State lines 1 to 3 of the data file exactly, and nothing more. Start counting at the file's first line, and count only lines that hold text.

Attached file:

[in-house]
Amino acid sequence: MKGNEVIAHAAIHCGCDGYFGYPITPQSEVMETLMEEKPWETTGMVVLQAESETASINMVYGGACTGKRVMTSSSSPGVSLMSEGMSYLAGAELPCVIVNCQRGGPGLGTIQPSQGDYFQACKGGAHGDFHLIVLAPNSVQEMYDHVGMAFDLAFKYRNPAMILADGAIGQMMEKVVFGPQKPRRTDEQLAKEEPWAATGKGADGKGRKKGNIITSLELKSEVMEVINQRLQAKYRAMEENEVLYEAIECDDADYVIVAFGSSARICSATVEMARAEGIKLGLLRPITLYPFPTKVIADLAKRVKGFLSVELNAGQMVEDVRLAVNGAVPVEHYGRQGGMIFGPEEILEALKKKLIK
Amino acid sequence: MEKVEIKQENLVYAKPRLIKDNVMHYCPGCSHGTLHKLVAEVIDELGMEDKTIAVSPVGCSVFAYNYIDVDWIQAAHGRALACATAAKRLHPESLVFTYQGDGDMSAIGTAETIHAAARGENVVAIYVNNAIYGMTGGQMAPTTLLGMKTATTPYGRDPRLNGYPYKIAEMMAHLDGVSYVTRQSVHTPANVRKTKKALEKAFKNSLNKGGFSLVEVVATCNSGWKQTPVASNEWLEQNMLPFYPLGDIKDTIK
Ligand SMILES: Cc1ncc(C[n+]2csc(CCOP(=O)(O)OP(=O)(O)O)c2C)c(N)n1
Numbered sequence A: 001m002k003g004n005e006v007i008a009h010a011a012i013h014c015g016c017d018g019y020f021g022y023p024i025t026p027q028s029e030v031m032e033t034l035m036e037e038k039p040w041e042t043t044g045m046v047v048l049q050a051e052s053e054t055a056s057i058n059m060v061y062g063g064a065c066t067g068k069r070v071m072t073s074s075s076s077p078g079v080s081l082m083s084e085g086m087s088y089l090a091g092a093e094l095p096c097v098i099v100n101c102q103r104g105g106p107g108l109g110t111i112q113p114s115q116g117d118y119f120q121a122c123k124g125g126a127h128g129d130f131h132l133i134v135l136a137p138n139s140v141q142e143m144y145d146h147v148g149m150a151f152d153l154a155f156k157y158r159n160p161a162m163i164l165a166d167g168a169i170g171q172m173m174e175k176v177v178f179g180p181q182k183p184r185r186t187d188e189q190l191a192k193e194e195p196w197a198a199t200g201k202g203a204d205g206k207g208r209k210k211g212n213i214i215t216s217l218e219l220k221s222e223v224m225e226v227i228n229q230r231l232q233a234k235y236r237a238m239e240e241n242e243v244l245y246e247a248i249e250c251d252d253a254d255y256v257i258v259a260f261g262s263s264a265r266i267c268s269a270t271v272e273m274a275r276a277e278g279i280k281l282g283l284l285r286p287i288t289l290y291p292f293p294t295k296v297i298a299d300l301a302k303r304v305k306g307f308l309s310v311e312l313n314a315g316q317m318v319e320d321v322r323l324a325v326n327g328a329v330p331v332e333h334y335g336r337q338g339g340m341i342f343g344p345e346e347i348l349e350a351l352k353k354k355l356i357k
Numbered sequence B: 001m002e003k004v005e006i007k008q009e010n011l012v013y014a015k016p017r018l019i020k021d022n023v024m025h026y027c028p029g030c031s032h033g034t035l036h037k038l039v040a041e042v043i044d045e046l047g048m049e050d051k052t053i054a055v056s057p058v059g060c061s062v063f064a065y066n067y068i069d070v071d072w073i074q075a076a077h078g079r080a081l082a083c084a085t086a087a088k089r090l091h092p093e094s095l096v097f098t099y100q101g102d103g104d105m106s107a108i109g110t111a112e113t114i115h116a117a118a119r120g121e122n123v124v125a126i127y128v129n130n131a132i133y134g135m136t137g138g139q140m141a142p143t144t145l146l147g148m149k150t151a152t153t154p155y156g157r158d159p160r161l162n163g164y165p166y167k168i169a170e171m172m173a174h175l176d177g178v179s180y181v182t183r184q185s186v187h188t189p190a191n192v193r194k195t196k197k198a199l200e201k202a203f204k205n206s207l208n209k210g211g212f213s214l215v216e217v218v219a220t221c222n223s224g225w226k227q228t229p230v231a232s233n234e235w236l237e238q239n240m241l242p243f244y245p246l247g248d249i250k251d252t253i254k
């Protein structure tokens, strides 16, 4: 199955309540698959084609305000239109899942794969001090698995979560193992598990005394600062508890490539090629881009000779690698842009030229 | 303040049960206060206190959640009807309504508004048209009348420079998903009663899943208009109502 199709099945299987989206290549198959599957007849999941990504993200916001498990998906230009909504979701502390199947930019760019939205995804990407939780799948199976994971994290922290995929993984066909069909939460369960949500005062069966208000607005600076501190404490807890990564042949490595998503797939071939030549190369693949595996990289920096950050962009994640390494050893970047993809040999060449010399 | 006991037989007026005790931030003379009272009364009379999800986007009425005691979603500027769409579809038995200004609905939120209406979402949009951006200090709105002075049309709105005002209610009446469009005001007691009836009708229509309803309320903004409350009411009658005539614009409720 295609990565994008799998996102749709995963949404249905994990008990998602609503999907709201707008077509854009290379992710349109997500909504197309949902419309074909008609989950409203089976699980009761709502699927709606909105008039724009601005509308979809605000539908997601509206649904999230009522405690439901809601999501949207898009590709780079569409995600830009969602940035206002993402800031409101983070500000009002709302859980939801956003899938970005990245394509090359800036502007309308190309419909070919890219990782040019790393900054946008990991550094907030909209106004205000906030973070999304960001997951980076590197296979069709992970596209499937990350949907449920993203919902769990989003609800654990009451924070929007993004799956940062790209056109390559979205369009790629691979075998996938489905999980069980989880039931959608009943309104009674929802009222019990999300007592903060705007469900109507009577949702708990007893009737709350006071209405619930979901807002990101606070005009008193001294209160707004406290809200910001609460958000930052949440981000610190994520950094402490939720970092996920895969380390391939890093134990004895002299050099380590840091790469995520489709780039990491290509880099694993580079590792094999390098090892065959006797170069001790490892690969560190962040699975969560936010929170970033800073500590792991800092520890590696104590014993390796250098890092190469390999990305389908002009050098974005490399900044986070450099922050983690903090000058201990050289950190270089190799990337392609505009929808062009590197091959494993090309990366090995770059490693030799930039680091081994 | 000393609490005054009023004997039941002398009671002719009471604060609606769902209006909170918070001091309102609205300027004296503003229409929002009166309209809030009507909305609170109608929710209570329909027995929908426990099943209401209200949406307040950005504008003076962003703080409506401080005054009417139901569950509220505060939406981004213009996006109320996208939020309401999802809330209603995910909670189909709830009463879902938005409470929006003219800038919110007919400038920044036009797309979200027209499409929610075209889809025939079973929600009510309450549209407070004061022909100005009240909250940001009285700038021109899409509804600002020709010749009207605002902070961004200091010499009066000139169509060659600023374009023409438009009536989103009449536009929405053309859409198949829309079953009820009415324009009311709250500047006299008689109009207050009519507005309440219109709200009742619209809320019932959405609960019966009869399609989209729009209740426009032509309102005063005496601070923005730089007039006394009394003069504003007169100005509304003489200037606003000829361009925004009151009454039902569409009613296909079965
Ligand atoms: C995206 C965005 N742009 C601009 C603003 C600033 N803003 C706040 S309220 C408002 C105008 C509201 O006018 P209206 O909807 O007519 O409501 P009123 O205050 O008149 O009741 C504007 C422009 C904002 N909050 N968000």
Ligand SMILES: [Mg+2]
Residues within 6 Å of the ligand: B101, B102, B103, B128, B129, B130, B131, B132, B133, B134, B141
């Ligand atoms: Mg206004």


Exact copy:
[in-house]
Amino acid sequence: MKGNEVIAHAAIHCGCDGYFGYPITPQSEVMETLMEEKPWETTGMVVLQAESETASINMVYGGACTGKRVMTSSSSPGVSLMSEGMSYLAGAELPCVIVNCQRGGPGLGTIQPSQGDYFQACKGGAHGDFHLIVLAPNSVQEMYDHVGMAFDLAFKYRNPAMILADGAIGQMMEKVVFGPQKPRRTDEQLAKEEPWAATGKGADGKGRKKGNIITSLELKSEVMEVINQRLQAKYRAMEENEVLYEAIECDDADYVIVAFGSSARICSATVEMARAEGIKLGLLRPITLYPFPTKVIADLAKRVKGFLSVELNAGQMVEDVRLAVNGAVPVEHYGRQGGMIFGPEEILEALKKKLIK
Amino acid sequence: MEKVEIKQENLVYAKPRLIKDNVMHYCPGCSHGTLHKLVAEVIDELGMEDKTIAVSPVGCSVFAYNYIDVDWIQAAHGRALACATAAKRLHPESLVFTYQGDGDMSAIGTAETIHAAARGENVVAIYVNNAIYGMTGGQMAPTTLLGMKTATTPYGRDPRLNGYPYKIAEMMAHLDGVSYVTRQSVHTPANVRKTKKALEKAFKNSLNKGGFSLVEVVATCNSGWKQTPVASNEWLEQNMLPFYPLGDIKDTIK